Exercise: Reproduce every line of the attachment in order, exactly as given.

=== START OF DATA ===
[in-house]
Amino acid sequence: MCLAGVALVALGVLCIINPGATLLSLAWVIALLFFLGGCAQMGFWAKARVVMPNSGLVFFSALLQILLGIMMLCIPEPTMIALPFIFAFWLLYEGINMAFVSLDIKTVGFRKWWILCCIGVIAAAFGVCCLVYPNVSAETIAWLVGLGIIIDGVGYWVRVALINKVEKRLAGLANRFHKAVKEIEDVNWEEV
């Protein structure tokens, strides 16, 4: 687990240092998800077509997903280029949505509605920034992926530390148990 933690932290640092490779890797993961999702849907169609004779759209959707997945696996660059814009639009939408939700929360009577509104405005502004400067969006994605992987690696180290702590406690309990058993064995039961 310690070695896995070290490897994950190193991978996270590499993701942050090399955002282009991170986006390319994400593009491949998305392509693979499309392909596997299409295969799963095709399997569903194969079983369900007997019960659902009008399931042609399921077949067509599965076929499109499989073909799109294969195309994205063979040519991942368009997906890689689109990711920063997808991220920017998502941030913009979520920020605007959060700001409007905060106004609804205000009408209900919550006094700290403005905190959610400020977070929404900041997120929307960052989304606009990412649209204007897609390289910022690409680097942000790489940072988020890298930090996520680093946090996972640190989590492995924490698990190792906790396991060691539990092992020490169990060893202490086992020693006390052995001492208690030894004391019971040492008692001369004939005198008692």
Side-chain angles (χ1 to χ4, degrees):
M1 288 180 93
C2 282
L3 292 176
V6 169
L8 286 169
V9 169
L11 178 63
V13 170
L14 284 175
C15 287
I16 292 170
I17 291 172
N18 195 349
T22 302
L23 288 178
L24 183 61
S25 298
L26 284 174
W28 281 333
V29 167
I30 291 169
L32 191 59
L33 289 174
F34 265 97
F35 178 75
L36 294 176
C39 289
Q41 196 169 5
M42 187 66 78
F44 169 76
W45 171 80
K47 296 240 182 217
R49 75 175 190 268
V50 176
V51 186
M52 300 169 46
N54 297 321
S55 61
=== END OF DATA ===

[in-house]
Amino acid sequence: MCLAGVALVALGVLCIINPGATLLSLAWVIALLFFLGGCAQMGFWAKARVVMPNSGLVFFSALLQILLGIMMLCIPEPTMIALPFIFAFWLLYEGINMAFVSLDIKTVGFRKWWILCCIGVIAAAFGVCCLVYPNVSAETIAWLVGLGIIIDGVGYWVRVALINKVEKRLAGLANRFHKAVKEIEDVNWEEV
């Protein structure tokens, strides 16, 4: 687990240092998800077509997903280029949505509605920034992926530390148990 933690932290640092490779890797993961999702849907169609004779759209959707997945696996660059814009639009939408939700929360009577509104405005502004400067969006994605992987690696180290702590406690309990058993064995039961 310690070695896995070290490897994950190193991978996270590499993701942050090399955002282009991170986006390319994400593009491949998305392509693979499309392909596997299409295969799963095709399997569903194969079983369900007997019960659902009008399931042609399921077949067509599965076929499109499989073909799109294969195309994205063979040519991942368009997906890689689109990711920063997808991220920017998502941030913009979520920020605007959060700001409007905060106004609804205000009408209900919550006094700290403005905190959610400020977070929404900041997120929307960052989304606009990412649209204007897609390289910022690409680097942000790489940072988020890298930090996520680093946090996972640190989590492995924490698990190792906790396991060691539990092992020490169990060893202490086992020693006390052995001492208690030894004391019971040492008692001369004939005198008692």
Side-chain angles (χ1 to χ4, degrees):
M1 288 180 93
C2 282
L3 292 176
V6 169
L8 286 169
V9 169
L11 178 63
V13 170
L14 284 175
C15 287
I16 292 170
I17 291 172
N18 195 349
T22 302
L23 288 178
L24 183 61
S25 298
L26 284 174
W28 281 333
V29 167
I30 291 169
L32 191 59
L33 289 174
F34 265 97
F35 178 75
L36 294 176
C39 289
Q41 196 169 5
M42 187 66 78
F44 169 76
W45 171 80
K47 296 240 182 217
R49 75 175 190 268
V50 176
V51 186
M52 300 169 46
N54 297 321
S55 61